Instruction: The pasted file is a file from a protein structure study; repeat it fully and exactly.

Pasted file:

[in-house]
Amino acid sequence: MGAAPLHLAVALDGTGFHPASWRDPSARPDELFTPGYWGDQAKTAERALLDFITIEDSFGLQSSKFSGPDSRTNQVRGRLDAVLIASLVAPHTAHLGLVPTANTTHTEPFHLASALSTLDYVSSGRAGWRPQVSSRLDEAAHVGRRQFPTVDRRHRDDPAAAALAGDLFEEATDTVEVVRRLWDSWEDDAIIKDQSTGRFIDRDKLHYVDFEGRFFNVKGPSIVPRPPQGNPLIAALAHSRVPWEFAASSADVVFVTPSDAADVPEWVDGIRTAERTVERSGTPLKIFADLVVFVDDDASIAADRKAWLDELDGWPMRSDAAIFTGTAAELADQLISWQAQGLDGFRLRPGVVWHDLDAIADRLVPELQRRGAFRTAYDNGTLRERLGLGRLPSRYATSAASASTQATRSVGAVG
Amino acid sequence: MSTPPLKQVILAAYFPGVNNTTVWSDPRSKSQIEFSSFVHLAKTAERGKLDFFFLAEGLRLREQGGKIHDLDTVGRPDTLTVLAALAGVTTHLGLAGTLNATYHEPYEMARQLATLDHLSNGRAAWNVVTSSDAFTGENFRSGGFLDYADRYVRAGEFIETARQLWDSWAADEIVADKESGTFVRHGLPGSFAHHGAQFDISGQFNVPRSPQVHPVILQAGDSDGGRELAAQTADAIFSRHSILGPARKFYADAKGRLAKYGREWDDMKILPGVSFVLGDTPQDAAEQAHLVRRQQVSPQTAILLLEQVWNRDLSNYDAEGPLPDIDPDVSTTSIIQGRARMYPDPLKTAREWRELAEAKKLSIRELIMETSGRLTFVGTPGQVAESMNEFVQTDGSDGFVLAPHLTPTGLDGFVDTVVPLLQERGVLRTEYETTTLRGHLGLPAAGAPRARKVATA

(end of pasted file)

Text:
[in-house]
Amino acid sequence: MGAAPLHLAVALDGTGFHPASWRDPSARPDELFTPGYWGDQAKTAERALLDFITIEDSFGLQSSKFSGPDSRTNQVRGRLDAVLIASLVAPHTAHLGLVPTANTTHTEPFHLASALSTLDYVSSGRAGWRPQVSSRLDEAAHVGRRQFPTVDRRHRDDPAAAALAGDLFEEATDTVEVVRRLWDSWEDDAIIKDQSTGRFIDRDKLHYVDFEGRFFNVKGPSIVPRPPQGNPLIAALAHSRVPWEFAASSADVVFVTPSDAADVPEWVDGIRTAERTVERSGTPLKIFADLVVFVDDDASIAADRKAWLDELDGWPMRSDAAIFTGTAAELADQLISWQAQGLDGFRLRPGVVWHDLDAIADRLVPELQRRGAFRTAYDNGTLRERLGLGRLPSRYATSAASASTQATRSVGAVG
Amino acid sequence: MSTPPLKQVILAAYFPGVNNTTVWSDPRSKSQIEFSSFVHLAKTAERGKLDFFFLAEGLRLREQGGKIHDLDTVGRPDTLTVLAALAGVTTHLGLAGTLNATYHEPYEMARQLATLDHLSNGRAAWNVVTSSDAFTGENFRSGGFLDYADRYVRAGEFIETARQLWDSWAADEIVADKESGTFVRHGLPGSFAHHGAQFDISGQFNVPRSPQVHPVILQAGDSDGGRELAAQTADAIFSRHSILGPARKFYADAKGRLAKYGREWDDMKILPGVSFVLGDTPQDAAEQAHLVRRQQVSPQTAILLLEQVWNRDLSNYDAEGPLPDIDPDVSTTSIIQGRARMYPDPLKTAREWRELAEAKKLSIRELIMETSGRLTFVGTPGQVAESMNEFVQTDGSDGFVLAPHLTPTGLDGFVDTVVPLLQERGVLRTEYETTTLRGHLGLPAAGAPRARKVATA